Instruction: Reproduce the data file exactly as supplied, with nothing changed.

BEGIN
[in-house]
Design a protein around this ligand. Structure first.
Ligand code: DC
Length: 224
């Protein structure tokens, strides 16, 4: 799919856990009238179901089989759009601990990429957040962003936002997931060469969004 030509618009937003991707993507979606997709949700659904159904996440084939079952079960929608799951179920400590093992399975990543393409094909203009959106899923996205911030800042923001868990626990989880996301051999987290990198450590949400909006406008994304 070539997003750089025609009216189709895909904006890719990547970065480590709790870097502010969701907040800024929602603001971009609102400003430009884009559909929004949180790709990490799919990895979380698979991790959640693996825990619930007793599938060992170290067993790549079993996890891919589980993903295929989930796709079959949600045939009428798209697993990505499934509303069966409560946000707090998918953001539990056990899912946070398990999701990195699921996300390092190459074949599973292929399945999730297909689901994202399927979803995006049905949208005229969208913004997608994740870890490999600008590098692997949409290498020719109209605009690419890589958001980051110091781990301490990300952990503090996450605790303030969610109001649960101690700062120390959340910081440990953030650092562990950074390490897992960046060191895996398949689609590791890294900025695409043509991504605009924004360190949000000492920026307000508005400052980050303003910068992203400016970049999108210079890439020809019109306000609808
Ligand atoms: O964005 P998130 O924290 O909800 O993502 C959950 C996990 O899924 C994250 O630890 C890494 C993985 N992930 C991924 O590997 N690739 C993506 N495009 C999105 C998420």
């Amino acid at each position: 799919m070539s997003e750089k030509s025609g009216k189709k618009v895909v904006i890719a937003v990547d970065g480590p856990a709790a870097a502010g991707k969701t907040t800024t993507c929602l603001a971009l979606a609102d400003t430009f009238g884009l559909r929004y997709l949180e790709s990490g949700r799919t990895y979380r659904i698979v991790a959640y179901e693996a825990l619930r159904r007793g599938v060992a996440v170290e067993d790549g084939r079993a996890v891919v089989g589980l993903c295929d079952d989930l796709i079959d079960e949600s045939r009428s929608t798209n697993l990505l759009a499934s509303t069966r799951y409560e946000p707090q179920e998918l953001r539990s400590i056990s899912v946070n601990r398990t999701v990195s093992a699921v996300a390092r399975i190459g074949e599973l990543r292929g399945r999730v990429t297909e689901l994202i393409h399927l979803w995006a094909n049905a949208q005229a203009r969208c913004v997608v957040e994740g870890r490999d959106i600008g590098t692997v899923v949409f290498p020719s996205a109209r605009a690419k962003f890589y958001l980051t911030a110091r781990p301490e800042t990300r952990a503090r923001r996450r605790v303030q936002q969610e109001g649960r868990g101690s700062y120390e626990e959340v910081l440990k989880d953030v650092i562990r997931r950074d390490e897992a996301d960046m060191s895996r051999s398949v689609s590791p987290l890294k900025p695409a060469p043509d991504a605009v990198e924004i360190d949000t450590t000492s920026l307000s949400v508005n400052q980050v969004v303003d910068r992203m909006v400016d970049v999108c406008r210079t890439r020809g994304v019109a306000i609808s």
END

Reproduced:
[in-house]
Design a protein around this ligand. Structure first.
Ligand code: DC
Length: 224
């Protein structure tokens, strides 16, 4: 799919856990009238179901089989759009601990990429957040962003936002997931060469969004 030509618009937003991707993507979606997709949700659904159904996440084939079952079960929608799951179920400590093992399975990543393409094909203009959106899923996205911030800042923001868990626990989880996301051999987290990198450590949400909006406008994304 070539997003750089025609009216189709895909904006890719990547970065480590709790870097502010969701907040800024929602603001971009609102400003430009884009559909929004949180790709990490799919990895979380698979991790959640693996825990619930007793599938060992170290067993790549079993996890891919589980993903295929989930796709079959949600045939009428798209697993990505499934509303069966409560946000707090998918953001539990056990899912946070398990999701990195699921996300390092190459074949599973292929399945999730297909689901994202399927979803995006049905949208005229969208913004997608994740870890490999600008590098692997949409290498020719109209605009690419890589958001980051110091781990301490990300952990503090996450605790303030969610109001649960101690700062120390959340910081440990953030650092562990950074390490897992960046060191895996398949689609590791890294900025695409043509991504605009924004360190949000000492920026307000508005400052980050303003910068992203400016970049999108210079890439020809019109306000609808
Ligand atoms: O964005 P998130 O924290 O909800 O993502 C959950 C996990 O899924 C994250 O630890 C890494 C993985 N992930 C991924 O590997 N690739 C993506 N495009 C999105 C998420």
């Amino acid at each position: 799919m070539s997003e750089k030509s025609g009216k189709k618009v895909v904006i890719a937003v990547d970065g480590p856990a709790a870097a502010g991707k969701t907040t800024t993507c929602l603001a971009l979606a609102d400003t430009f009238g884009l559909r929004y997709l949180e790709s990490g949700r799919t990895y979380r659904i698979v991790a959640y179901e693996a825990l619930r159904r007793g599938v060992a996440v170290e067993d790549g084939r079993a996890v891919v089989g589980l993903c295929d079952d989930l796709i079959d079960e949600s045939r009428s929608t798209n697993l990505l759009a499934s509303t069966r799951y409560e946000p707090q179920e998918l953001r539990s400590i056990s899912v946070n601990r398990t999701v990195s093992a699921v996300a390092r399975i190459g074949e599973l990543r292929g399945r999730v990429t297909e689901l994202i393409h399927l979803w995006a094909n049905a949208q005229a203009r969208c913004v997608v957040e994740g870890r490999d959106i600008g590098t692997v899923v949409f290498p020719s996205a109209r605009a690419k962003f890589y958001l980051t911030a110091r781990p301490e800042t990300r952990a503090r923001r996450r605790v303030q936002q969610e109001g649960r868990g101690s700062y120390e626990e959340v910081l440990k989880d953030v650092i562990r997931r950074d390490e897992a996301d960046m060191s895996r051999s398949v689609s590791p987290l890294k900025p695409a060469p043509d991504a605009v990198e924004i360190d949000t450590t000492s920026l307000s949400v508005n400052q980050v969004v303003d910068r992203m909006v400016d970049v999108c406008r210079t890439r020809g994304v019109a306000i609808s």